Of the scant female biblical characters, few are as intriguing as Avishag the Shunammite: a young girl brought from obscurity to the court of the aged King David, to warm the king's bed and stir his aged blood. Though 'exceedingly fair', she does not become the King's concubine. Reticent and loyal to David, she becomes an unwitting magnet, drawing the attention of the kingdom's most powerful men. As the sons of David - Adonijah the Judean and Solomon the Wise stake their claims, it is Avishag who will play the decisive role in the bloody rivalry for the succession
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The author is a well educated Israeli woman who has researched the story in the original Hebrew and doesn't appear to be pushing any agenda of her own. She gives historical background for her novel and includes some opposing viewpoints. There are only a few obscure lines about Avishag in the Bible but in Lotan's novel she comes alive as an intelligent resourceful young woman. Batsheva, on the other hand, comes across as rather evil.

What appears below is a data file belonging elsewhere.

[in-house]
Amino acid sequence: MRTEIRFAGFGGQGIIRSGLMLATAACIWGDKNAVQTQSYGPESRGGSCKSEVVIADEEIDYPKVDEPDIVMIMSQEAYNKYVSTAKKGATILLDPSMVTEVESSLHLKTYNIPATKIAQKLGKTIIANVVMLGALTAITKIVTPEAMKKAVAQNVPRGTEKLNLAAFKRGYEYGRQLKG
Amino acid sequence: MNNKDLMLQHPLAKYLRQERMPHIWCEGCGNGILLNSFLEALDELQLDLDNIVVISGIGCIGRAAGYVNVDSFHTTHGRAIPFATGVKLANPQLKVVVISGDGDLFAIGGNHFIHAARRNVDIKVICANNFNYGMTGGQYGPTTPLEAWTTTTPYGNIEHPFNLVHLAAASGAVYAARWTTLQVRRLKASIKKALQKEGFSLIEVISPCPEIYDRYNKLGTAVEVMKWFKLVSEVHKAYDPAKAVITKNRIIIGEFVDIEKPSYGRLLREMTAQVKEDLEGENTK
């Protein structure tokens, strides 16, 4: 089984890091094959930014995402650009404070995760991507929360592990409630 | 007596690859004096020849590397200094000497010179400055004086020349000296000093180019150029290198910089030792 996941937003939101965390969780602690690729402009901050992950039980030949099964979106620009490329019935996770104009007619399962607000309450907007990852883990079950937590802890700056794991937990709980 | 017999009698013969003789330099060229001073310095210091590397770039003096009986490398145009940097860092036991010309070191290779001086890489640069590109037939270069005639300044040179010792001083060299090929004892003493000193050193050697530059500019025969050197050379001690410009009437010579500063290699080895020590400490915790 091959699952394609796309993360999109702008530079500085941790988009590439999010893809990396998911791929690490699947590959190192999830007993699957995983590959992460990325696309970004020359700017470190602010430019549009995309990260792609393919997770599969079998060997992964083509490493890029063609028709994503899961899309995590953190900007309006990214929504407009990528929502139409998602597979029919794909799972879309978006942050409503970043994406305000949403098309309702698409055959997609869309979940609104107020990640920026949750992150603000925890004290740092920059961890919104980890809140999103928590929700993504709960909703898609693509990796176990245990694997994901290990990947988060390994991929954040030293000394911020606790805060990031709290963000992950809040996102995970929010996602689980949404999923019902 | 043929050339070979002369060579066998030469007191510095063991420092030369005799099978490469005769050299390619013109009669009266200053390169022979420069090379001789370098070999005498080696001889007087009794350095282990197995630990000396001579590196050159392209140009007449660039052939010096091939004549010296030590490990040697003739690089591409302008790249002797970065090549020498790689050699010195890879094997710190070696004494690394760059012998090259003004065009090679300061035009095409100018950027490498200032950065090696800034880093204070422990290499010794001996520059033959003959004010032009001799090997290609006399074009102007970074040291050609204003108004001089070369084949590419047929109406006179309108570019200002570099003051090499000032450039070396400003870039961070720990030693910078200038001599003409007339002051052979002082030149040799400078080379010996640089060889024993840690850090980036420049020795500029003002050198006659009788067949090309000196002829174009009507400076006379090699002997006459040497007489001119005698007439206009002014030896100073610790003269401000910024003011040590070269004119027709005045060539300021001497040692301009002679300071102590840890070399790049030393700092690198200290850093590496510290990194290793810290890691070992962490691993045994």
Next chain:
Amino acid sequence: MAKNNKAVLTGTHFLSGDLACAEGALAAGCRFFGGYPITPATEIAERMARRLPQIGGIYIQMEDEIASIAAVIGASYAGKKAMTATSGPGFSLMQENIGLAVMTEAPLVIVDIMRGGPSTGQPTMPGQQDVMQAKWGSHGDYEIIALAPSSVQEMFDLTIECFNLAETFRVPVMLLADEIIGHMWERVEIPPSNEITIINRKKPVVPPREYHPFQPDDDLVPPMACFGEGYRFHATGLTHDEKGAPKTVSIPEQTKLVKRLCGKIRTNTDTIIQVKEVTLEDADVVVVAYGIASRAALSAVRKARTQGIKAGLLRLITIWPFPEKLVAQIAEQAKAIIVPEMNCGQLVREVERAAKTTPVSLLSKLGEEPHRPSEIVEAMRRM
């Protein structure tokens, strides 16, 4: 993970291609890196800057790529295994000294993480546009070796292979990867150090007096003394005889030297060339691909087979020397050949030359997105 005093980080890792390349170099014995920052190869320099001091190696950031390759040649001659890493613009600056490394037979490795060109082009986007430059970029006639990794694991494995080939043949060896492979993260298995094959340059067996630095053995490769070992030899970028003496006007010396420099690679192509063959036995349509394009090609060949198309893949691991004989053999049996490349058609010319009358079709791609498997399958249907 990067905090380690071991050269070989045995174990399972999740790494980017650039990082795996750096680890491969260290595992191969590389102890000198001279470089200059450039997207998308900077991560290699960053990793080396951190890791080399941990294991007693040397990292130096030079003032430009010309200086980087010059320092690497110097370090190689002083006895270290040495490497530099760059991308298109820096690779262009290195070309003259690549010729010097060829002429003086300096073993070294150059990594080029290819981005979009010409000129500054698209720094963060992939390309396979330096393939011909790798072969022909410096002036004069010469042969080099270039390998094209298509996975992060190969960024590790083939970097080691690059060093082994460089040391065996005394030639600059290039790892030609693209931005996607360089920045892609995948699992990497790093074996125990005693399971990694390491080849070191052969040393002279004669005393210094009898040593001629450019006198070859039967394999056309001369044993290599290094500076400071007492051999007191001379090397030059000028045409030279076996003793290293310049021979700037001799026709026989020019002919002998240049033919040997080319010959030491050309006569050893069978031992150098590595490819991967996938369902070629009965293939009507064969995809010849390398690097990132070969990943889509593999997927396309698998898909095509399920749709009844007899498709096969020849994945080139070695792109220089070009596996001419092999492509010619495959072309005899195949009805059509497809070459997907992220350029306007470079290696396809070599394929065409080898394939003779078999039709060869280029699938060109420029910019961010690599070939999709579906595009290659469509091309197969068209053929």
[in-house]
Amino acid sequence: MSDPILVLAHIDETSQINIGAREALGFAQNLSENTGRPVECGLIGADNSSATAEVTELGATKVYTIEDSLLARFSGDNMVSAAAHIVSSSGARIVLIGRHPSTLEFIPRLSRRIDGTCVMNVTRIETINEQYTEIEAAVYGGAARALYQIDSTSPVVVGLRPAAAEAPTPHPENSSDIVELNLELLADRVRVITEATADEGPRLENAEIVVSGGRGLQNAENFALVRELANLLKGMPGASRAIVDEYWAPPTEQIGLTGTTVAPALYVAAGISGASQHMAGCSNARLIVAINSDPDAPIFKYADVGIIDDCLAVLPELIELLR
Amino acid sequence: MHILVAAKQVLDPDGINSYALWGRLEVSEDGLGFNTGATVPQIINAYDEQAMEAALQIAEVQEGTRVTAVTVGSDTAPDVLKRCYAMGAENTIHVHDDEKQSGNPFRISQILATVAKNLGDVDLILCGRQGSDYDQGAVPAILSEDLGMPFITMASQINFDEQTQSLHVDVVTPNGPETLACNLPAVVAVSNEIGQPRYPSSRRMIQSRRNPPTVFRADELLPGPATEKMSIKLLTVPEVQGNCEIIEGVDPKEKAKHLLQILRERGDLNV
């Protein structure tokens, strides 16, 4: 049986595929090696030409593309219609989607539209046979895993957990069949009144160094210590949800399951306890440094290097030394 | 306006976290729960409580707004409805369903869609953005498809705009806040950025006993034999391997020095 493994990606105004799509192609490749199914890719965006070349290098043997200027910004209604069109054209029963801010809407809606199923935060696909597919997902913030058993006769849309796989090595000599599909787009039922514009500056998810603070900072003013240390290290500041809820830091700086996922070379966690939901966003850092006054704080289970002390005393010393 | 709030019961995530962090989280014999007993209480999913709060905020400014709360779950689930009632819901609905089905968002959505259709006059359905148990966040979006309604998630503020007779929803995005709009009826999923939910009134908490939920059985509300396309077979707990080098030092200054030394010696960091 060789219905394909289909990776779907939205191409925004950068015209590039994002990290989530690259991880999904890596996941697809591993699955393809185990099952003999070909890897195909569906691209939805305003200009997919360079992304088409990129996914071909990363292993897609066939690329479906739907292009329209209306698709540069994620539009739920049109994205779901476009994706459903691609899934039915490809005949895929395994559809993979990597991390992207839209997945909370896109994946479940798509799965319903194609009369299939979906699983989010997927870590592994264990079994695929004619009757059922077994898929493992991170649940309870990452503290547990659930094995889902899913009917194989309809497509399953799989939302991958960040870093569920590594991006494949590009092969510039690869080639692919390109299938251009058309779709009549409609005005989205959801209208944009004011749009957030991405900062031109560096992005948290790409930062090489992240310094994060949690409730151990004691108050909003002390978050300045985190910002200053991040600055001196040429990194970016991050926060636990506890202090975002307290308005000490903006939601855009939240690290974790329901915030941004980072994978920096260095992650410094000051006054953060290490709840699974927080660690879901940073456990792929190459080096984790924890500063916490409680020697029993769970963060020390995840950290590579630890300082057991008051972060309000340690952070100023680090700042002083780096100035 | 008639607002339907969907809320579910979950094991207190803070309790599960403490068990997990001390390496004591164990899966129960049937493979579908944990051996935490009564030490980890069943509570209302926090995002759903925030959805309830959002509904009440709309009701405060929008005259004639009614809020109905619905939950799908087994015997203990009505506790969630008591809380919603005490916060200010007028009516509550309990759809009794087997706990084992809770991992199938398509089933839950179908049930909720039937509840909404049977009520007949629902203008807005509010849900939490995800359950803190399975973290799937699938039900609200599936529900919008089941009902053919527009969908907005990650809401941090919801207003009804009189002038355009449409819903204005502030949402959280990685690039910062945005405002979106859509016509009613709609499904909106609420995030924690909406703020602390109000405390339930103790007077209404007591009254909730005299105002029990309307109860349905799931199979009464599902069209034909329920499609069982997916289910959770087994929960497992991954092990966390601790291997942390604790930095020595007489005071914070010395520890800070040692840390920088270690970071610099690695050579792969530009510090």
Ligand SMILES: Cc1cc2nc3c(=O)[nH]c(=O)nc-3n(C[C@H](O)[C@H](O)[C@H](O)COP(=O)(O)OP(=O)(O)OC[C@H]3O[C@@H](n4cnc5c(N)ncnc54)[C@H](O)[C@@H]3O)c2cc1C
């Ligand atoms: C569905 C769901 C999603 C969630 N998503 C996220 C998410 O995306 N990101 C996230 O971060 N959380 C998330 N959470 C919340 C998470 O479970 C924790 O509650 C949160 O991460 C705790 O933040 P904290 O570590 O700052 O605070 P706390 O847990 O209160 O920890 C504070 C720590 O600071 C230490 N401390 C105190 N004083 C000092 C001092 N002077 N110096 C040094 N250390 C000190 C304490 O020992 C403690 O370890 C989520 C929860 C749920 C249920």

Great Reading !!!! Apr 14, 2003
The author writes from a knowledgable standpoint in the eyes of a handmaiden often forgotten until you re-read the Bible itself. While it is not as sensous as the Red Tent By Anita Diamant, the story sheds light on the period of instability when David's sons vied for position. Add this to your library of biblical fiction.
Pure fun Jan 1, 2003
ItÕs a wonderful escapist book. Just lie back and enjoy the sounds, smells, and feel of ancient Jerusalem. Growing up reading the bible, this book brought all the biblical characters of this period to life in vivid colors and made them human and real. Avishag is a beautiful character, the exact opposite the stereotype of the biblical concubine. SheÕs smart, independent, resourceful and powerful. If I were a teenager she would be a role model.